Marianne Kamp is Associate Professor in Central Eurasian Studies at Indiana University. Since starting research in 1991, she has traveled to Uzbekistan, Kyrgyzstan, Kazakhstan and Tajikistan many times. She is an oral historian who uses her knowledge of Uzbek language for interviewing, and her knowledge of Russian for other forms of research. Her first book, The New Woman in Uzbekistan, concerned Muslim women and unveiling in the 1920s. She currently is working on a book about the collectivization of Uzbekistan's agriculture in the 1930s. She also writes about gender and social issues in present-day Central Asia.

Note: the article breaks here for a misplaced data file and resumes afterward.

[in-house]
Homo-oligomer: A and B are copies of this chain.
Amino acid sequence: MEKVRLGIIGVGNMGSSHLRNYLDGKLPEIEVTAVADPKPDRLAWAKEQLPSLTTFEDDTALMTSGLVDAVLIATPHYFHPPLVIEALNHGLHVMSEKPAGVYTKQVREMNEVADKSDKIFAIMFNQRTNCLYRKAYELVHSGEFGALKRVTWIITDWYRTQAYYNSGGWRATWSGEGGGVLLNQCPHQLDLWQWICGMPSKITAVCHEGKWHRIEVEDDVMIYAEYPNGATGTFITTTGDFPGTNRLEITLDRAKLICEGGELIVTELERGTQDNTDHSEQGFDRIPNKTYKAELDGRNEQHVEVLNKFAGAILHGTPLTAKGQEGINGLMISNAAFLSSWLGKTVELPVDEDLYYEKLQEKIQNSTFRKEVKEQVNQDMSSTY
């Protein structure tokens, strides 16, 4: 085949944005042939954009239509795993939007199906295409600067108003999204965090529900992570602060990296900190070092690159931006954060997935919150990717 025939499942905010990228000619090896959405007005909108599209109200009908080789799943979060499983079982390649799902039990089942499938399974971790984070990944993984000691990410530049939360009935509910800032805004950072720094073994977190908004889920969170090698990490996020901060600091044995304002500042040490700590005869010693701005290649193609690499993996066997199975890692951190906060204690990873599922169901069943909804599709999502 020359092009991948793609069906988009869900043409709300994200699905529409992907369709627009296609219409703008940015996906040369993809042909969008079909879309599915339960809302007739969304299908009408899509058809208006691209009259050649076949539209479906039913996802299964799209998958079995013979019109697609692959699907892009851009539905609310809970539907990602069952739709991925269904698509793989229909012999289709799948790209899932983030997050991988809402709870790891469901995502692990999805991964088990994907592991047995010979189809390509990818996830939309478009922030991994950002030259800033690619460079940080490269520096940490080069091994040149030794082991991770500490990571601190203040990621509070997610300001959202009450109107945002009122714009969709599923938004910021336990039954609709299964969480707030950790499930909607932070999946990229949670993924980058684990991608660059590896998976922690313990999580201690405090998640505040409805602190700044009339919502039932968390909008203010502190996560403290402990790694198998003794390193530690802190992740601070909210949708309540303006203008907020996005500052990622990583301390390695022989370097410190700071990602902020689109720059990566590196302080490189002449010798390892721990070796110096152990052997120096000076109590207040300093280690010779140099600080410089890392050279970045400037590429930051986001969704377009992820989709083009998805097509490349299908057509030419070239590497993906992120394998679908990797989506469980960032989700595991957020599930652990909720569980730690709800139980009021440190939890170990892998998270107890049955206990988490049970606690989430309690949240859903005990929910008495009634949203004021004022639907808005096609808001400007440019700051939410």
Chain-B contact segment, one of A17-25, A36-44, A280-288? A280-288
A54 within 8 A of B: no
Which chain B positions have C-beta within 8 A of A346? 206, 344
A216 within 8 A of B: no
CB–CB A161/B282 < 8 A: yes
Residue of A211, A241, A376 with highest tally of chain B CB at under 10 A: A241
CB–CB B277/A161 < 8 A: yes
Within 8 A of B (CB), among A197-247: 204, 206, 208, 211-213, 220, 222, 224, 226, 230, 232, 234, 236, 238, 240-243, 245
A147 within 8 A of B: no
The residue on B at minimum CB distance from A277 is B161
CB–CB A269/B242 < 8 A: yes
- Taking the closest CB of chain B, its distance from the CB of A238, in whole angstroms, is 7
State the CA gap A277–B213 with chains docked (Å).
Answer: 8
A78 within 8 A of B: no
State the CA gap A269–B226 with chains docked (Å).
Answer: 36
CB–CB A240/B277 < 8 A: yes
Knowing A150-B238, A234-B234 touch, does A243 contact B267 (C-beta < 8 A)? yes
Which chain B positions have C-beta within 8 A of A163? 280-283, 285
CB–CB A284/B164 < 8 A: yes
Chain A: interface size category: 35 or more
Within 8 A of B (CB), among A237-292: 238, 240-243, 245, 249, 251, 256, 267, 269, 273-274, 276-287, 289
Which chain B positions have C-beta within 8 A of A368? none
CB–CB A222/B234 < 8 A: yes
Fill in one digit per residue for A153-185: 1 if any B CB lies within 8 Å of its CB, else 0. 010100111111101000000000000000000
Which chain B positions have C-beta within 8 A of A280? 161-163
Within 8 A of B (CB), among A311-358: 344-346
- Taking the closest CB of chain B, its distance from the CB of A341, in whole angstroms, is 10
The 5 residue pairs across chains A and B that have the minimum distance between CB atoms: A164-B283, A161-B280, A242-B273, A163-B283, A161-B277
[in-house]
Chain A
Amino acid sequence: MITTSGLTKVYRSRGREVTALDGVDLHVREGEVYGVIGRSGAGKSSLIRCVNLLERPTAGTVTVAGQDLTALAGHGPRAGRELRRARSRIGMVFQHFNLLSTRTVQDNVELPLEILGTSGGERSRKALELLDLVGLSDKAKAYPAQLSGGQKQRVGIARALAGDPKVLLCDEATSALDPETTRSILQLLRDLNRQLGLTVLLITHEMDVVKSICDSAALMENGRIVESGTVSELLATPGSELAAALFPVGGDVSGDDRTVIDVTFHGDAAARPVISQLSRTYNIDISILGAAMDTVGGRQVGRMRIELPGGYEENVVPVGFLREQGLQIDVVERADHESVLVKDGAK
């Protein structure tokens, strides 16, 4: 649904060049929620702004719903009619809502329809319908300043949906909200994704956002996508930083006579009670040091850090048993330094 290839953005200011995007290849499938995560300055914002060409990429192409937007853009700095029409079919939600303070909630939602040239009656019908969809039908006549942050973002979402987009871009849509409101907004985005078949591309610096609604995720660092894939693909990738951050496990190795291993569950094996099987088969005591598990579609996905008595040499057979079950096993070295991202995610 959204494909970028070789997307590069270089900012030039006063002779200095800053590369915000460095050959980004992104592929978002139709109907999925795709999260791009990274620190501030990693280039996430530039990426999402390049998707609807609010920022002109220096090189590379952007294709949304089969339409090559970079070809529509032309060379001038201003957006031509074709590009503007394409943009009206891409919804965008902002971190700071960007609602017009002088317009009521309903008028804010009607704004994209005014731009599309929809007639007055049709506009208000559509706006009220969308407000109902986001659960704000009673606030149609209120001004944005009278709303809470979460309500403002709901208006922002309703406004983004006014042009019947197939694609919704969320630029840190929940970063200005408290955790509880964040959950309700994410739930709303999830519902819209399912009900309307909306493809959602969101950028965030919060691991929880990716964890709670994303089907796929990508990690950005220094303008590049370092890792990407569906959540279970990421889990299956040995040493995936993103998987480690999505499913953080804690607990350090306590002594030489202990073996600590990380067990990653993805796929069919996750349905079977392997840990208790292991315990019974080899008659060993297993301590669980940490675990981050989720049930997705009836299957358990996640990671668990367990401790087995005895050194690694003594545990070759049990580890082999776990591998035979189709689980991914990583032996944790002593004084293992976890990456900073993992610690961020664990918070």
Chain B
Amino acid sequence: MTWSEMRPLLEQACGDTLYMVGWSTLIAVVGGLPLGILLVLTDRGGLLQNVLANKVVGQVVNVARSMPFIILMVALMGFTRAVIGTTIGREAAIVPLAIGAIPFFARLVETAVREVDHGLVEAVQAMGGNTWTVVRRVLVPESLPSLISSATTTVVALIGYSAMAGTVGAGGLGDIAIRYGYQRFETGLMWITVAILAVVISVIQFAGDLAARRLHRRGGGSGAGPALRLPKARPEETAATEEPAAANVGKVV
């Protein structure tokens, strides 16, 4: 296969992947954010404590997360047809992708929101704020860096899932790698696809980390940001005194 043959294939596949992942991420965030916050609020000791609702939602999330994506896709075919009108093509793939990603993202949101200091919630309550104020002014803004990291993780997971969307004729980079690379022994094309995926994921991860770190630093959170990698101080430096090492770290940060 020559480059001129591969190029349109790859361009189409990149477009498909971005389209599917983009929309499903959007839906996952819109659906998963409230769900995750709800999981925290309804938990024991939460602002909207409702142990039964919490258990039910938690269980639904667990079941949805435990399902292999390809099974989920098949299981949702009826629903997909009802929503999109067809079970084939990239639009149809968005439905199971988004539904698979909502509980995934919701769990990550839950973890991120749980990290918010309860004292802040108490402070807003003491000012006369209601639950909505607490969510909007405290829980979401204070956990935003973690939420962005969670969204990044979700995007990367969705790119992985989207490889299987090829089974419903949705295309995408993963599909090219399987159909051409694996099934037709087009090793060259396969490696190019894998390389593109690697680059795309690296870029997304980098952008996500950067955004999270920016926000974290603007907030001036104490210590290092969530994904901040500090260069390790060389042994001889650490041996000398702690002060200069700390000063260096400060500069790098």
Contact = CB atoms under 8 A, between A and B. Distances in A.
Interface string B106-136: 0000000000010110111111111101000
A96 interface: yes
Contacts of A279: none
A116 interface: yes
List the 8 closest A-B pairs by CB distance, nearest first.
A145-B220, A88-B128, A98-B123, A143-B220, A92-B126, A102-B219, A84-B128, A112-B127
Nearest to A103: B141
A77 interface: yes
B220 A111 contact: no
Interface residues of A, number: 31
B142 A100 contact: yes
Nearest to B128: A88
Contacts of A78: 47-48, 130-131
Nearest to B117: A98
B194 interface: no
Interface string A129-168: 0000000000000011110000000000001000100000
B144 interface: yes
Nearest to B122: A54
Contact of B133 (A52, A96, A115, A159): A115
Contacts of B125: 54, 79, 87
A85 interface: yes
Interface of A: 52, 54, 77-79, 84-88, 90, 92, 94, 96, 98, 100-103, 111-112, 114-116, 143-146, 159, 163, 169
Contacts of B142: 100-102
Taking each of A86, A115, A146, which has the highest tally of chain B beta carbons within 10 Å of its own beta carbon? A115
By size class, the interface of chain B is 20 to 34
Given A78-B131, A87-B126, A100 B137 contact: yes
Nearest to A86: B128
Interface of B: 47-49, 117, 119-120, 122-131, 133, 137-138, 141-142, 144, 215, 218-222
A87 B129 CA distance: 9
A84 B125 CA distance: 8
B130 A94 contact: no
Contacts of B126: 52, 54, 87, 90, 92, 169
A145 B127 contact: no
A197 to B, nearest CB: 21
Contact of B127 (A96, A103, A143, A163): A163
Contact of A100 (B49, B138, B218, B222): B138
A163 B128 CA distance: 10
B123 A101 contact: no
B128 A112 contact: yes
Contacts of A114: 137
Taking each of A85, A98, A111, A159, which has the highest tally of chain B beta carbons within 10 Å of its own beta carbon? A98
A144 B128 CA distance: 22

Marianne Kamp started this journey in an unlikely place: Indiana. She graduated from Evansville Central High School (1981), studied Russian at Dartmouth College, and completed her PhD in Near Eastern Languages and Civilizations at the University of Chicago (1998). Her teaching portfolio has spanned gender studies, Islamic Civilizations, Soviet history, and Central Asian studies. She taught as a visiting professor of History at Whitman College, and then associate professor of History at the University of Wyoming before joining IU's CEUS faculty in 2017.